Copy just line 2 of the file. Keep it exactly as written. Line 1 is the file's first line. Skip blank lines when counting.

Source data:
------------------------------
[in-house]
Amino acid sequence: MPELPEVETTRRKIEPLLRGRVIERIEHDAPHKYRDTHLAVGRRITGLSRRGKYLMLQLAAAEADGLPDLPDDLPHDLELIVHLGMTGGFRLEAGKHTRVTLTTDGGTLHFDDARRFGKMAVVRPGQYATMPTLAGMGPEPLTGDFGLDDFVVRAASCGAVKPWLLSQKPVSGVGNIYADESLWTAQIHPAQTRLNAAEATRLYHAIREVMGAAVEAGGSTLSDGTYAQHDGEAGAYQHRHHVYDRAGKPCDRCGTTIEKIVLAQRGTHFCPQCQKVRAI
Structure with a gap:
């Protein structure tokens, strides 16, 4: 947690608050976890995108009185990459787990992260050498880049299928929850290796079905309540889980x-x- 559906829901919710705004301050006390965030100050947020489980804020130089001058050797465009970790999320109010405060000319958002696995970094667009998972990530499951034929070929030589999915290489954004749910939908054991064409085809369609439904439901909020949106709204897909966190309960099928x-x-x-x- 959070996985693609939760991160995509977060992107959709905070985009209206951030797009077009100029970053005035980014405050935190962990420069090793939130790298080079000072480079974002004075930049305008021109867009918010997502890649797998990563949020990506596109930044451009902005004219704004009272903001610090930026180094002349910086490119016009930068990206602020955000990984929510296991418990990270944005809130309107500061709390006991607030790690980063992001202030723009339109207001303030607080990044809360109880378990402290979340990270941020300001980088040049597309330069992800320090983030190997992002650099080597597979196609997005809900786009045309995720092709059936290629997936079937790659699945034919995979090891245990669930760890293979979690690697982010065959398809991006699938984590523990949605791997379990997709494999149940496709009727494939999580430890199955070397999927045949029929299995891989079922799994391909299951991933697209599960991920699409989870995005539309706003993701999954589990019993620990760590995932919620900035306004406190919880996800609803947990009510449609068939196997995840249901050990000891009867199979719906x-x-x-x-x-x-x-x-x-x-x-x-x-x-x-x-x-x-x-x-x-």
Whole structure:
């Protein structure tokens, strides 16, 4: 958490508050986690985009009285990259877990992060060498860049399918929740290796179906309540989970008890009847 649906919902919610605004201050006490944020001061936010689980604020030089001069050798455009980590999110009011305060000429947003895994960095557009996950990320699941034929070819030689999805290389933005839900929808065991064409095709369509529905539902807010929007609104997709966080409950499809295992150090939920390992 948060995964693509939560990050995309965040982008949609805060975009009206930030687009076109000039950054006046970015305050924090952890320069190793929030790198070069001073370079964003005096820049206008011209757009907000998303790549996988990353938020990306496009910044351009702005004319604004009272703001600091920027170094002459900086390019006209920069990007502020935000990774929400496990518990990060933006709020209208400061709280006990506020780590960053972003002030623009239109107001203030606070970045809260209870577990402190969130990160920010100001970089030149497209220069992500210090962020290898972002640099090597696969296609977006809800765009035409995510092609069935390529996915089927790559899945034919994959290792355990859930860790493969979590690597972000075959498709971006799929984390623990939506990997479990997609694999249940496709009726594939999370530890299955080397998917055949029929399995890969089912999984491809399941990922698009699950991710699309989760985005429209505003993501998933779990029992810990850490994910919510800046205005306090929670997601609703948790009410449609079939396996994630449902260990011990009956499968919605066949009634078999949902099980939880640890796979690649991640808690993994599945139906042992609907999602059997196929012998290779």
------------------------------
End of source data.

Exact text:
Amino acid sequence: MPELPEVETTRRKIEPLLRGRVIERIEHDAPHKYRDTHLAVGRRITGLSRRGKYLMLQLAAAEADGLPDLPDDLPHDLELIVHLGMTGGFRLEAGKHTRVTLTTDGGTLHFDDARRFGKMAVVRPGQYATMPTLAGMGPEPLTGDFGLDDFVVRAASCGAVKPWLLSQKPVSGVGNIYADESLWTAQIHPAQTRLNAAEATRLYHAIREVMGAAVEAGGSTLSDGTYAQHDGEAGAYQHRHHVYDRAGKPCDRCGTTIEKIVLAQRGTHFCPQCQKVRAI